In Review: The Happy Prince

The Happy Prince suffers the familiar strains of the modern biopic, charting the humiliating downfall of Oscar Wilde with structurally scattered and emotionally limited effect. Obviously a project of great importance to Rupert Everett, as the actor wrote and directed the film in addition to starring as the notorious writer, the film is still notably passionate despite its haphazard expediency. What we ultimately get is affectionate portraiture shoved into a soggy package that often mistakes its ping ponging construction for insightful texture.

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In Review: Don’t Worry, He Won’t Get Far on Foot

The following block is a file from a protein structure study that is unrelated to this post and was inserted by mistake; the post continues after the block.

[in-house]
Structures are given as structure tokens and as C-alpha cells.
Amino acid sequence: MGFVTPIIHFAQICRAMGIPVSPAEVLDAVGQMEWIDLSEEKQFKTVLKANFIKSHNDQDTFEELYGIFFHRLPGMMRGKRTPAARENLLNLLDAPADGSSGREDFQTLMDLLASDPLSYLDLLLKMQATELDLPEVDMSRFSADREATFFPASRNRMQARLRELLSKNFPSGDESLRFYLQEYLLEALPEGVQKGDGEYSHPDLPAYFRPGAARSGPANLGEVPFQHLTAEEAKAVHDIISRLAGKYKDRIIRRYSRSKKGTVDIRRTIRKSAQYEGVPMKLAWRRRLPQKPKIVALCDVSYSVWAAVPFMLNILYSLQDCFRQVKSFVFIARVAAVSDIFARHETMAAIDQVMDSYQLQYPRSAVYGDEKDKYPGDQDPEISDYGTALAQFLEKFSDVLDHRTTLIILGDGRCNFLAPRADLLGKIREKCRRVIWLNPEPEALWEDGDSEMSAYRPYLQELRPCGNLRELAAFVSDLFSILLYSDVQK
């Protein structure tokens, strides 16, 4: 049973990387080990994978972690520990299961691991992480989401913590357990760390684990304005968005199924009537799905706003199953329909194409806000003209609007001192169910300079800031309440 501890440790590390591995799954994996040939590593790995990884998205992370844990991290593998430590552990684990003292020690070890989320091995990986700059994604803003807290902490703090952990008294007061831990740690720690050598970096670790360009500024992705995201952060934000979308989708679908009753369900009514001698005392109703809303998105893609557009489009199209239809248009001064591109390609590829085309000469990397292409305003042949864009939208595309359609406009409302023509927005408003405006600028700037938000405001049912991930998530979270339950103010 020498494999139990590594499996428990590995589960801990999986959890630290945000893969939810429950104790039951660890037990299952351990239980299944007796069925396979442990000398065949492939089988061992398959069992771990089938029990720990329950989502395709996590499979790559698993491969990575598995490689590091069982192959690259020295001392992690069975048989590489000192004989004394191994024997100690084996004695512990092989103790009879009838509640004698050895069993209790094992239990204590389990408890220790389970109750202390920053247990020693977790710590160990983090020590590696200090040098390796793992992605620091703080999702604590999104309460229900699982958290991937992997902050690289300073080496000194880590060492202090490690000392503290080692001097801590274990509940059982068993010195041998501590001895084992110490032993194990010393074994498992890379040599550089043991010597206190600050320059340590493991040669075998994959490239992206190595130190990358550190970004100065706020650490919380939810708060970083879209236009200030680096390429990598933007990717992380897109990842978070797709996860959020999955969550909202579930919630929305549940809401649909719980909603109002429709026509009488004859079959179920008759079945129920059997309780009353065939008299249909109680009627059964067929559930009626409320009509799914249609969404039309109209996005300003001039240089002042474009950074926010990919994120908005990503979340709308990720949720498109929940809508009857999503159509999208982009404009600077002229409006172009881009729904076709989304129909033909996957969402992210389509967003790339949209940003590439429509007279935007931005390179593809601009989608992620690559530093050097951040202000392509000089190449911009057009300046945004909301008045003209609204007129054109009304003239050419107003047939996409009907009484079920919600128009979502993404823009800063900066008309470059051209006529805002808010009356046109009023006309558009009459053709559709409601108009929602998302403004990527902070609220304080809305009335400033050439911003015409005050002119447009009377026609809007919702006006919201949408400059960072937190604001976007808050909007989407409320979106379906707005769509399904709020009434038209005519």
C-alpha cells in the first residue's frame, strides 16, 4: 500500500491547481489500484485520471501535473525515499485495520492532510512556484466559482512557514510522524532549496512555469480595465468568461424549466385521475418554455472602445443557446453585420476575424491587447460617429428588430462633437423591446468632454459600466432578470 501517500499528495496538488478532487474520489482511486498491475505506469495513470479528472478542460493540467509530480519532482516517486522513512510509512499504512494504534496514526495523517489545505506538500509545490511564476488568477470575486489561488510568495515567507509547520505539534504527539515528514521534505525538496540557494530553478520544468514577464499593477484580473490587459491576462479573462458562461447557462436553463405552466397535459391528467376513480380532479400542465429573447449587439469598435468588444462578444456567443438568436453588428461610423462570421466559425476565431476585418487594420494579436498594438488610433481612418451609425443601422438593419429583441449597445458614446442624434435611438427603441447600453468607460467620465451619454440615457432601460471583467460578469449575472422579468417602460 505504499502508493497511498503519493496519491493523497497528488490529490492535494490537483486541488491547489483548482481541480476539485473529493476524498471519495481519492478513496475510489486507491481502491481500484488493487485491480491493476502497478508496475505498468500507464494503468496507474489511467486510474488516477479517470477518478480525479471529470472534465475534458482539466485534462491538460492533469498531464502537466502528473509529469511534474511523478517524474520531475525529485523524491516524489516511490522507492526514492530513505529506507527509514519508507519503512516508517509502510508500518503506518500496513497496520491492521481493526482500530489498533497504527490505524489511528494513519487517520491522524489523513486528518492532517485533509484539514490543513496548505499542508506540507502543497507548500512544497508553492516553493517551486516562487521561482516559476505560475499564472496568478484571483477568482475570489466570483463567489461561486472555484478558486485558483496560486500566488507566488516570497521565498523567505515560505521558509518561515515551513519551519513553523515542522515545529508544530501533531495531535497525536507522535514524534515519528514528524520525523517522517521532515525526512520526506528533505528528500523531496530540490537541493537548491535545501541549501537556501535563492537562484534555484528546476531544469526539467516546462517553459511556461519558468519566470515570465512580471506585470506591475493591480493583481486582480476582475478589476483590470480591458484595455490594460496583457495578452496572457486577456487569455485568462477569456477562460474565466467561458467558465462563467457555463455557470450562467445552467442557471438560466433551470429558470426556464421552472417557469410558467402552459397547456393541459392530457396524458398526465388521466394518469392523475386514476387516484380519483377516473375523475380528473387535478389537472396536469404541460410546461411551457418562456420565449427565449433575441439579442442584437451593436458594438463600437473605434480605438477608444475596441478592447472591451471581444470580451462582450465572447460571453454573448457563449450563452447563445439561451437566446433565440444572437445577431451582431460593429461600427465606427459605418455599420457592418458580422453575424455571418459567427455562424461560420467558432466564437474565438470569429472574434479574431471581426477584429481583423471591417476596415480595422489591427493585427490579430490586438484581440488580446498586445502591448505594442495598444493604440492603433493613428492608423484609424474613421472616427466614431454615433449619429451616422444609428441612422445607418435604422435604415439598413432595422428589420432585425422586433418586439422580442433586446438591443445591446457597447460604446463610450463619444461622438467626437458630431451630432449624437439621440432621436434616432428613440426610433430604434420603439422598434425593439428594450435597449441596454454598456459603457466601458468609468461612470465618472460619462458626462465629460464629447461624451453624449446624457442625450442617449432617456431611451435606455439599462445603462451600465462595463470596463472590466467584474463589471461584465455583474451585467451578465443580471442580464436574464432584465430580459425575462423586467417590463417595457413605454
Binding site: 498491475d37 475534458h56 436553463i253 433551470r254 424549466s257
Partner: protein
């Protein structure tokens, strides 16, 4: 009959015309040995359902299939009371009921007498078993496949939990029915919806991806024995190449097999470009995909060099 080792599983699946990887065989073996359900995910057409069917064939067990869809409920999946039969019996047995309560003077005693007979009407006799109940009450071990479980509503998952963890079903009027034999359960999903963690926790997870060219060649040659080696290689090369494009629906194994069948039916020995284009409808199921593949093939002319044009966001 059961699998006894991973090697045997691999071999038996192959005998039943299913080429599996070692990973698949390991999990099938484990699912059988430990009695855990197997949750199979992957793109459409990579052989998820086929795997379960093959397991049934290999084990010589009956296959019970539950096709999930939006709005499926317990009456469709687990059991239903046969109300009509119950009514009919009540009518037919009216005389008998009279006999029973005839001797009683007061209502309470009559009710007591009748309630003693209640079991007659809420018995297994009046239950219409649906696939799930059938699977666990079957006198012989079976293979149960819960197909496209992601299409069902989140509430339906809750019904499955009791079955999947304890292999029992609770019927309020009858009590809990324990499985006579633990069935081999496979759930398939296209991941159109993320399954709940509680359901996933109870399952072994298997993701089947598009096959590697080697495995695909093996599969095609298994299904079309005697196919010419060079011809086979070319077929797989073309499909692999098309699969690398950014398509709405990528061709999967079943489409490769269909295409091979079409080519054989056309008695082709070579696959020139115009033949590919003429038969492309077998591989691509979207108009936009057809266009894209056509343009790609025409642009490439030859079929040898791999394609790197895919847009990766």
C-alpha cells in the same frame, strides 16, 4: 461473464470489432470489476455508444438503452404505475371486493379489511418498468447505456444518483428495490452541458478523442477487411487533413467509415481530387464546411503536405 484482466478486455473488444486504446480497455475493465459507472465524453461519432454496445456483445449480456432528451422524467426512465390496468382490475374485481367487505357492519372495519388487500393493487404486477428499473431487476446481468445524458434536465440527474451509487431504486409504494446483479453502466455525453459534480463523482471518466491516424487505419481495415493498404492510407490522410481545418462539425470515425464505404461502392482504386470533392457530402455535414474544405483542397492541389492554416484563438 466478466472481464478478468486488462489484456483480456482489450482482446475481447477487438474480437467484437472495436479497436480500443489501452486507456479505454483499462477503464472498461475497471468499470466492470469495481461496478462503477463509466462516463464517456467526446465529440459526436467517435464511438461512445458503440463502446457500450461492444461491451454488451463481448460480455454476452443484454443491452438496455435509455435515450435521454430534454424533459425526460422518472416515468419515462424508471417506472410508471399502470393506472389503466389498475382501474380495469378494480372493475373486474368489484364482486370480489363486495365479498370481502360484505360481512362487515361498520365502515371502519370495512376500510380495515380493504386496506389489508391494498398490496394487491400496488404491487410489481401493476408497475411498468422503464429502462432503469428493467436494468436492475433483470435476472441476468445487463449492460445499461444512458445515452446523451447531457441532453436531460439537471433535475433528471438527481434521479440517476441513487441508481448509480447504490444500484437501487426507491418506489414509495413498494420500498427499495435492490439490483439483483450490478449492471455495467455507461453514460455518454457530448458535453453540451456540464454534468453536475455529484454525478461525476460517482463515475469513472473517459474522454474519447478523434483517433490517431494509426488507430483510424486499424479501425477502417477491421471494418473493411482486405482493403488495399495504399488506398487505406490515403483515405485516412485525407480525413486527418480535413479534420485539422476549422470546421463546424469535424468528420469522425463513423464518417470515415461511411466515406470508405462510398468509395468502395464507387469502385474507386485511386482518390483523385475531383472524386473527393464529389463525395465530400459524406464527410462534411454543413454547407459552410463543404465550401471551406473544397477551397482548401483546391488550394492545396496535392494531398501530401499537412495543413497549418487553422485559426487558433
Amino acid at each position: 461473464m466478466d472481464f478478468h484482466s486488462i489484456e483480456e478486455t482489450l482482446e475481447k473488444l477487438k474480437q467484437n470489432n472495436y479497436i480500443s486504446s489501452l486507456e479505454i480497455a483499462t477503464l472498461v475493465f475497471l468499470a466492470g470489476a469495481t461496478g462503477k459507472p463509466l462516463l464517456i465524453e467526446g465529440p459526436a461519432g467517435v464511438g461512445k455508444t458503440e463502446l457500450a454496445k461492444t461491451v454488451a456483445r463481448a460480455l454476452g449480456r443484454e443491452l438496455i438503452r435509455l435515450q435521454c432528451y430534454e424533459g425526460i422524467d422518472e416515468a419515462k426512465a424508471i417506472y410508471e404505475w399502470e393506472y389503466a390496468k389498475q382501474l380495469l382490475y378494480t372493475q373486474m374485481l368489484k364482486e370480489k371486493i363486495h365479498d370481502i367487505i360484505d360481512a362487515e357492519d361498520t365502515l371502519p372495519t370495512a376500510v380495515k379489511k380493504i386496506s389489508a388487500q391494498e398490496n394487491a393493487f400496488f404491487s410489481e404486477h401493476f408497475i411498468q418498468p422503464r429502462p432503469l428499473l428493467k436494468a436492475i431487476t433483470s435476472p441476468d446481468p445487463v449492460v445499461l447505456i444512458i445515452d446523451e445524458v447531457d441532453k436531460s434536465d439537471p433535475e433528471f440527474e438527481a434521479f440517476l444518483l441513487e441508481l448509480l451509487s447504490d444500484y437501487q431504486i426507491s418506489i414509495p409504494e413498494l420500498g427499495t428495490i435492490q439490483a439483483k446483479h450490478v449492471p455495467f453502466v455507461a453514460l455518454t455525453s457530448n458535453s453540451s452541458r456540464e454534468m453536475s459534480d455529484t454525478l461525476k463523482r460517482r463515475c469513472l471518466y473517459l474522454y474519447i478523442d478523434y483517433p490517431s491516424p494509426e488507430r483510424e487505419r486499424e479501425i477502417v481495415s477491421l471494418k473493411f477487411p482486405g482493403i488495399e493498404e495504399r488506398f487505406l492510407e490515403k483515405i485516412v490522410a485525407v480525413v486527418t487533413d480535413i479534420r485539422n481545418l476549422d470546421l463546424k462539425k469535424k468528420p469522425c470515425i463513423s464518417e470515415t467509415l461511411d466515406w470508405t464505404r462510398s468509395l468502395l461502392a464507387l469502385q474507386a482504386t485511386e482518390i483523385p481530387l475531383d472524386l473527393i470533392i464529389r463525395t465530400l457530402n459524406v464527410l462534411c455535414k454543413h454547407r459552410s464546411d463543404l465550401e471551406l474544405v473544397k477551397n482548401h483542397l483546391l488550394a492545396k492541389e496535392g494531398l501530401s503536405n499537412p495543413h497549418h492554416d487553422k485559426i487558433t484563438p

Gus Van Sant is a warmly holistic filmmaker, typically taking affectionate approaches to outsiders or internalized characters in fictional and true stories alike. His latest film, Don’t Worry, He Won’t Get Far On Foot looks compassionately at cartoonist John Callahan as he copes with alcoholism and the paralysis that resulted from a booze-induced accident. But unlikely Van Sant’s more complete visions, this film is defined almost exclusively by those cozy feelings to dull effect.

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In Review: Maudie

Like Mike Leigh’s Happy-Go-Lucky several years before it, Aisling Walsh’s Maudie proves to be an remarkable showcase for the subtle gifts of actress Sally Hawkins. In the lead role, Hawkins stars as famous Nova Scotian folk artist Maud Lewis who grew in notoriety while maintaining a humble lifestyle in the tiny home she shared with her husband. Plagued by rheumatoid arthritis, her paintings were modest in size though loaded with imagination. The film is true to both that humility and charming spirit, especially thanks to the absorbing performance by Hawkins and Ethan Hawke as her grumbling husband Everett.

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